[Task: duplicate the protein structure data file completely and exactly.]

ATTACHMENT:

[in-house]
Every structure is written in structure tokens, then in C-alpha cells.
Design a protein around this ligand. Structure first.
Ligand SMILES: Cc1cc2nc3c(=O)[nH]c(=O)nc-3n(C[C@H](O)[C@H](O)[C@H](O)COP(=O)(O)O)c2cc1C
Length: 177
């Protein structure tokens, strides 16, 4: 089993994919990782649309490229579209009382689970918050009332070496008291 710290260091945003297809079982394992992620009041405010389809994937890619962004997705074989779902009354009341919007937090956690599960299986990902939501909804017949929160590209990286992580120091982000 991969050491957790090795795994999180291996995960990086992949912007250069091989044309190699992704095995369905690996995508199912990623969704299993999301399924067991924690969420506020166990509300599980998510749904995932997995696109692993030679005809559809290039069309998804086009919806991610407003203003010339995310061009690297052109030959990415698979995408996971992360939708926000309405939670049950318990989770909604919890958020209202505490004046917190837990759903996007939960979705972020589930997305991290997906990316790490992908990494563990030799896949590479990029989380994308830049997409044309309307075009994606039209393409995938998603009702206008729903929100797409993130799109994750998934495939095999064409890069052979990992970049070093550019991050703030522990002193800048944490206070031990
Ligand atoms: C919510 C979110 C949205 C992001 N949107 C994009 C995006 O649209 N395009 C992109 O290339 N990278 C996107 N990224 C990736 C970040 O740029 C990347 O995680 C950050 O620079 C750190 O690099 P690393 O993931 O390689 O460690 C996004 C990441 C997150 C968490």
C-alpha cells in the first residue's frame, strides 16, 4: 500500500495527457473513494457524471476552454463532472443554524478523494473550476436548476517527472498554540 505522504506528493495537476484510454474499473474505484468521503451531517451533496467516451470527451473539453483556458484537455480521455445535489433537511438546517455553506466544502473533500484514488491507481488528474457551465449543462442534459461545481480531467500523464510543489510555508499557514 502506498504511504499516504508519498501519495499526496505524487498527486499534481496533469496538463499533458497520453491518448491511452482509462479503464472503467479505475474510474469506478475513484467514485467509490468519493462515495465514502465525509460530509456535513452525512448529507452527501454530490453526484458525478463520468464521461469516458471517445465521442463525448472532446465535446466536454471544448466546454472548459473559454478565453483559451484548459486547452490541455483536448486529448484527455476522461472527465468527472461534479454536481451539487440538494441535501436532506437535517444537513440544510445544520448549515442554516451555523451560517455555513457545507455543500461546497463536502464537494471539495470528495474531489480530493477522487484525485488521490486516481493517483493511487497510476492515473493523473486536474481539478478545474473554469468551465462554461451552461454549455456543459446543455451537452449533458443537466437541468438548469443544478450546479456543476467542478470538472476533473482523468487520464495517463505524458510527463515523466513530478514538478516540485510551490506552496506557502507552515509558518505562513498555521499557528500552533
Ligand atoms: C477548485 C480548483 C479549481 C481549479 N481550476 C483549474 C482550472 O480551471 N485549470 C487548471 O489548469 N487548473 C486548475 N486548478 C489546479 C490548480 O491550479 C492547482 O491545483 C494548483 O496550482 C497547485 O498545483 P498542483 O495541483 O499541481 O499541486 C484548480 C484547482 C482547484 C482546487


[in-house]
Every structure is written in structure tokens, then in C-alpha cells.
Design a protein around this ligand. Structure first.
Ligand SMILES: Cc1cc2nc3c(=O)[nH]c(=O)nc-3n(C[C@H](O)[C@H](O)[C@H](O)COP(=O)(O)O)c2cc1C
Length: 177
């Protein structure tokens, strides 16, 4: 089993994919990782649309490229579209009382689970918050009332070496008291 710290260091945003297809079982394992992620009041405010389809994937890619962004997705074989779902009354009341919007937090956690599960299986990902939501909804017949929160590209990286992580120091982000 991969050491957790090795795994999180291996995960990086992949912007250069091989044309190699992704095995369905690996995508199912990623969704299993999301399924067991924690969420506020166990509300599980998510749904995932997995696109692993030679005809559809290039069309998804086009919806991610407003203003010339995310061009690297052109030959990415698979995408996971992360939708926000309405939670049950318990989770909604919890958020209202505490004046917190837990759903996007939960979705972020589930997305991290997906990316790490992908990494563990030799896949590479990029989380994308830049997409044309309307075009994606039209393409995938998603009702206008729903929100797409993130799109994750998934495939095999064409890069052979990992970049070093550019991050703030522990002193800048944490206070031990
Ligand atoms: C919510 C979110 C949205 C992001 N949107 C994009 C995006 O649209 N395009 C992109 O290339 N990278 C996107 N990224 C990736 C970040 O740029 C990347 O995680 C950050 O620079 C750190 O690099 P690393 O993931 O390689 O460690 C996004 C990441 C997150 C968490």
C-alpha cells in the first residue's frame, strides 16, 4: 500500500495527457473513494457524471476552454463532472443554524478523494473550476436548476517527472498554540 505522504506528493495537476484510454474499473474505484468521503451531517451533496467516451470527451473539453483556458484537455480521455445535489433537511438546517455553506466544502473533500484514488491507481488528474457551465449543462442534459461545481480531467500523464510543489510555508499557514 502506498504511504499516504508519498501519495499526496505524487498527486499534481496533469496538463499533458497520453491518448491511452482509462479503464472503467479505475474510474469506478475513484467514485467509490468519493462515495465514502465525509460530509456535513452525512448529507452527501454530490453526484458525478463520468464521461469516458471517445465521442463525448472532446465535446466536454471544448466546454472548459473559454478565453483559451484548459486547452490541455483536448486529448484527455476522461472527465468527472461534479454536481451539487440538494441535501436532506437535517444537513440544510445544520448549515442554516451555523451560517455555513457545507455543500461546497463536502464537494471539495470528495474531489480530493477522487484525485488521490486516481493517483493511487497510476492515473493523473486536474481539478478545474473554469468551465462554461451552461454549455456543459446543455451537452449533458443537466437541468438548469443544478450546479456543476467542478470538472476533473482523468487520464495517463505524458510527463515523466513530478514538478516540485510551490506552496506557502507552515509558518505562513498555521499557528500552533
Ligand atoms: C477548485 C480548483 C479549481 C481549479 N481550476 C483549474 C482550472 O480551471 N485549470 C487548471 O489548469 N487548473 C486548475 N486548478 C489546479 C490548480 O491550479 C492547482 O491545483 C494548483 O496550482 C497547485 O498545483 P498542483 O495541483 O499541481 O499541486 C484548480 C484547482 C482547484 C482546487